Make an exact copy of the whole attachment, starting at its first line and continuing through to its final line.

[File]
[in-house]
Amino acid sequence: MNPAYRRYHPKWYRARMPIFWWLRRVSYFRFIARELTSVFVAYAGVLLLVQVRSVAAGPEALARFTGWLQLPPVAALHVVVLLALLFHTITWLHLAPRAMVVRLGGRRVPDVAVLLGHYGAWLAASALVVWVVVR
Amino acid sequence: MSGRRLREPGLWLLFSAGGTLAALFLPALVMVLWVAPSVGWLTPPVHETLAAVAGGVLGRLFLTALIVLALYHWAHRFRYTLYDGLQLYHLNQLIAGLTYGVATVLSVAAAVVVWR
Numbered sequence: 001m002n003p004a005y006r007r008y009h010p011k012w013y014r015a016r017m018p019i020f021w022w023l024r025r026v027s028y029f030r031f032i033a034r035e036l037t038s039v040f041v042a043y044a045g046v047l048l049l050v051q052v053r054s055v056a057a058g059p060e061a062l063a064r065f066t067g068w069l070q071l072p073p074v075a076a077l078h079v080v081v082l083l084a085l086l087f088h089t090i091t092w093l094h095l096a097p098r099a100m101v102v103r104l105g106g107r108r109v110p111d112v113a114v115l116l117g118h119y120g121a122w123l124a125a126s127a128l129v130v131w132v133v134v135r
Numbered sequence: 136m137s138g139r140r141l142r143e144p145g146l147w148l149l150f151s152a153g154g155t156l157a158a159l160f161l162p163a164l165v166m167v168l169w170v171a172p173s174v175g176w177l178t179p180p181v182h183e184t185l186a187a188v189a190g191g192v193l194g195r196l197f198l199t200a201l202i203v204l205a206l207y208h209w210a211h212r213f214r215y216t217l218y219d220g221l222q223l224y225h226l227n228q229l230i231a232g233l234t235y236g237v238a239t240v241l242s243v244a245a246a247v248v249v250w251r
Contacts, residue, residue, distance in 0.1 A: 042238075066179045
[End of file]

[in-house]
Amino acid sequence: MNPAYRRYHPKWYRARMPIFWWLRRVSYFRFIARELTSVFVAYAGVLLLVQVRSVAAGPEALARFTGWLQLPPVAALHVVVLLALLFHTITWLHLAPRAMVVRLGGRRVPDVAVLLGHYGAWLAASALVVWVVVR
Amino acid sequence: MSGRRLREPGLWLLFSAGGTLAALFLPALVMVLWVAPSVGWLTPPVHETLAAVAGGVLGRLFLTALIVLALYHWAHRFRYTLYDGLQLYHLNQLIAGLTYGVATVLSVAAAVVVWR
Numbered sequence: 001m002n003p004a005y006r007r008y009h010p011k012w013y014r015a016r017m018p019i020f021w022w023l024r025r026v027s028y029f030r031f032i033a034r035e036l037t038s039v040f041v042a043y044a045g046v047l048l049l050v051q052v053r054s055v056a057a058g059p060e061a062l063a064r065f066t067g068w069l070q071l072p073p074v075a076a077l078h079v080v081v082l083l084a085l086l087f088h089t090i091t092w093l094h095l096a097p098r099a100m101v102v103r104l105g106g107r108r109v110p111d112v113a114v115l116l117g118h119y120g121a122w123l124a125a126s127a128l129v130v131w132v133v134v135r
Numbered sequence: 136m137s138g139r140r141l142r143e144p145g146l147w148l149l150f151s152a153g154g155t156l157a158a159l160f161l162p163a164l165v166m167v168l169w170v171a172p173s174v175g176w177l178t179p180p181v182h183e184t185l186a187a188v189a190g191g192v193l194g195r196l197f198l199t200a201l202i203v204l205a206l207y208h209w210a211h212r213f214r215y216t217l218y219d220g221l222q223l224y225h226l227n228q229l230i231a232g233l234t235y236g237v238a239t240v241l242s243v244a245a246a247v248v249v250w251r
Contacts, residue, residue, distance in 0.1 A: 042238075066179045